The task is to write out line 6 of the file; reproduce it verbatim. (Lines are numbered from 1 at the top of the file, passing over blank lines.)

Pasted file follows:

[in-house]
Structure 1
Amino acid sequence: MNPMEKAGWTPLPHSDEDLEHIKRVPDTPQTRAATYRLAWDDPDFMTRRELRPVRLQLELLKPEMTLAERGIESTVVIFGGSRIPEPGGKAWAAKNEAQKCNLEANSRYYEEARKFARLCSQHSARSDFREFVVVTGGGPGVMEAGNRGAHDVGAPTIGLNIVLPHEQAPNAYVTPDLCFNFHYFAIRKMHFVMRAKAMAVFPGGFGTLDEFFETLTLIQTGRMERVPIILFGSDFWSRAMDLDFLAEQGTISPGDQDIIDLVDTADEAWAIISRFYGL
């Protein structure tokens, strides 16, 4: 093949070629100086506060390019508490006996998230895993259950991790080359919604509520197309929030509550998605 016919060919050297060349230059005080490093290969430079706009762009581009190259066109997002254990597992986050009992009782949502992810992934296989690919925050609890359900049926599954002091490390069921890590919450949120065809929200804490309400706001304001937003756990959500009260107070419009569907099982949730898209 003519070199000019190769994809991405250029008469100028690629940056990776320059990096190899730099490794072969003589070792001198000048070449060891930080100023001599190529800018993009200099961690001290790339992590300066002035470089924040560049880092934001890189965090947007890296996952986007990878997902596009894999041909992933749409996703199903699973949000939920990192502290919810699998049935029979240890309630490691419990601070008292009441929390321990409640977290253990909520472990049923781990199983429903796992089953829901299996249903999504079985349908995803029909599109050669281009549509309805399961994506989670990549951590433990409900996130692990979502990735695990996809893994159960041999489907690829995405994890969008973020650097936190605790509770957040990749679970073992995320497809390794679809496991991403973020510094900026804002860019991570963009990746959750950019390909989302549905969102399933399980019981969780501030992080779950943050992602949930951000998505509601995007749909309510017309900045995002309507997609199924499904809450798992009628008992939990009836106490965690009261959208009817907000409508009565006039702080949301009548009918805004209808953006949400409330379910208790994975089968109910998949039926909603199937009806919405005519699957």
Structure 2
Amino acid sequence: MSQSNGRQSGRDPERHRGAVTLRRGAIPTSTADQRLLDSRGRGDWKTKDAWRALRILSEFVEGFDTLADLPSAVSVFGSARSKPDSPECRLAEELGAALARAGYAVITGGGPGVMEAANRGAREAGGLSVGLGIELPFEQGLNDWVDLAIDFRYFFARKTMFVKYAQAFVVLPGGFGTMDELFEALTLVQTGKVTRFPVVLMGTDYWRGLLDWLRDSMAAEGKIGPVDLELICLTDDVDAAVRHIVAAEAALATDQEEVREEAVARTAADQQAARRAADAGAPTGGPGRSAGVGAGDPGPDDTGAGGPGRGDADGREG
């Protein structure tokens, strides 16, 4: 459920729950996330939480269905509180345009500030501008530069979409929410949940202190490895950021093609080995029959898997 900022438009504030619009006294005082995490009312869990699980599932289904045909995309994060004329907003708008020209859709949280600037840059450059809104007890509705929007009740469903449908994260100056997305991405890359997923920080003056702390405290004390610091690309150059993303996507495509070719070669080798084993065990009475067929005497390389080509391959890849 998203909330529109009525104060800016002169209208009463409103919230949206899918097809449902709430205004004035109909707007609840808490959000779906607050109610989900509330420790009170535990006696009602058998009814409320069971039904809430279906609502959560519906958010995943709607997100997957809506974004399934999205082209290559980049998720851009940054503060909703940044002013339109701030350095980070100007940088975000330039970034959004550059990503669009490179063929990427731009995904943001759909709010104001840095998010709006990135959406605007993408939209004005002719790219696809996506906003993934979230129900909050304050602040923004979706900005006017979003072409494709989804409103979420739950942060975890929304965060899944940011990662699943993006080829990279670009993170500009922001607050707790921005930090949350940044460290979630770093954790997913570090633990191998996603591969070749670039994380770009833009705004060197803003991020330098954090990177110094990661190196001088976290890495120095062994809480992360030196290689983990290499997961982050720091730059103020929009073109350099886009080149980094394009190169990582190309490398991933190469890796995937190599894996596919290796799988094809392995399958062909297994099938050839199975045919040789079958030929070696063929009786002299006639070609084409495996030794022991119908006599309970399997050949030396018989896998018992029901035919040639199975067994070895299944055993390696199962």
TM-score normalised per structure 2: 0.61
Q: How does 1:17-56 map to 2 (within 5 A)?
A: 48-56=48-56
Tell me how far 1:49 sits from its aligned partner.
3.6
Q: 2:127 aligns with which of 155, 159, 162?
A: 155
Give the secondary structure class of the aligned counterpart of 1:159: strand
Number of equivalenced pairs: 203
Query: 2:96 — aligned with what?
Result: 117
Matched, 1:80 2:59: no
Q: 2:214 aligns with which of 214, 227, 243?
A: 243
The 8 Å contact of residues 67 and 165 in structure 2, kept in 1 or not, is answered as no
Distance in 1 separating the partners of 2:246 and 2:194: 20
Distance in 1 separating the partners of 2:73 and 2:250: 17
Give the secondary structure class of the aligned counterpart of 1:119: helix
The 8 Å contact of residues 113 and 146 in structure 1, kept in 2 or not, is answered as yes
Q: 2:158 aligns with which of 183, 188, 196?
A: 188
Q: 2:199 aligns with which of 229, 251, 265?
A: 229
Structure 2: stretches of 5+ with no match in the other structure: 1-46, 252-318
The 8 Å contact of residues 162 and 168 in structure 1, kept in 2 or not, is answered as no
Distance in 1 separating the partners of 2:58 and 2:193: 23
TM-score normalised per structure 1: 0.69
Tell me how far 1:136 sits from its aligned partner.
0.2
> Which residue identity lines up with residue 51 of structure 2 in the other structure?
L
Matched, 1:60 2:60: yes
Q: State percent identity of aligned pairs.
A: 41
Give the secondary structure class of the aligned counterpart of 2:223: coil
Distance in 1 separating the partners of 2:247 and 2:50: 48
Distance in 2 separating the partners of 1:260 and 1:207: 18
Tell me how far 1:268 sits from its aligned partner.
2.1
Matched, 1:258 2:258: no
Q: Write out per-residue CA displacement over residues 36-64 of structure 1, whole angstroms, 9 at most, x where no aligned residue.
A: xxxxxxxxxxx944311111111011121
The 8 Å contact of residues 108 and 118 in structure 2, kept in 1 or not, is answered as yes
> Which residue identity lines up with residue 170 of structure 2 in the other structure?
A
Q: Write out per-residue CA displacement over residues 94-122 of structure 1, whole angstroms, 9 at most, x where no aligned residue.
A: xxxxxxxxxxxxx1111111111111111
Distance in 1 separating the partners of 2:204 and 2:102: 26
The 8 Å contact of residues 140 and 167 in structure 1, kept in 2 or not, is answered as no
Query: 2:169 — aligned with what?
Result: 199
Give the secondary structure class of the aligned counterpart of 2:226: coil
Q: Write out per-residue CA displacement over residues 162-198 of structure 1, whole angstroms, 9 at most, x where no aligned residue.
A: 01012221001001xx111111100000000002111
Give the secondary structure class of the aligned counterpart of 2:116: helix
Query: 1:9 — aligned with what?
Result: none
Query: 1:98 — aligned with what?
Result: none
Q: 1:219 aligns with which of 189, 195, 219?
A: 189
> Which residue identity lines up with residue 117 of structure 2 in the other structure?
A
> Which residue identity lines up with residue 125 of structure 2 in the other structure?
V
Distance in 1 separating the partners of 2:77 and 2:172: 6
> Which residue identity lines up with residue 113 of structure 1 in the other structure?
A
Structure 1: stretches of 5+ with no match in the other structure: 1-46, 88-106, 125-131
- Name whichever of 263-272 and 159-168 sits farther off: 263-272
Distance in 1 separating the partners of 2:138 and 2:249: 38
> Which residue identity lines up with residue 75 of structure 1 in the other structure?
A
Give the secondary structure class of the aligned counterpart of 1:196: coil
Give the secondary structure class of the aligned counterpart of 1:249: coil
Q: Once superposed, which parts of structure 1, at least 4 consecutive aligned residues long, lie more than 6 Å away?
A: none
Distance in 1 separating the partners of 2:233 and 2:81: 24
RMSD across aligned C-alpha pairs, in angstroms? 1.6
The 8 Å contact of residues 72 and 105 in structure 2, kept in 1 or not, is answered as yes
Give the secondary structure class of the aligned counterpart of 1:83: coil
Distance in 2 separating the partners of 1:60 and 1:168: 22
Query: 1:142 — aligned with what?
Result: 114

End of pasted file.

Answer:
Amino acid sequence: MSQSNGRQSGRDPERHRGAVTLRRGAIPTSTADQRLLDSRGRGDWKTKDAWRALRILSEFVEGFDTLADLPSAVSVFGSARSKPDSPECRLAEELGAALARAGYAVITGGGPGVMEAANRGAREAGGLSVGLGIELPFEQGLNDWVDLAIDFRYFFARKTMFVKYAQAFVVLPGGFGTMDELFEALTLVQTGKVTRFPVVLMGTDYWRGLLDWLRDSMAAEGKIGPVDLELICLTDDVDAAVRHIVAAEAALATDQEEVREEAVARTAADQQAARRAADAGAPTGGPGRSAGVGAGDPGPDDTGAGGPGRGDADGREG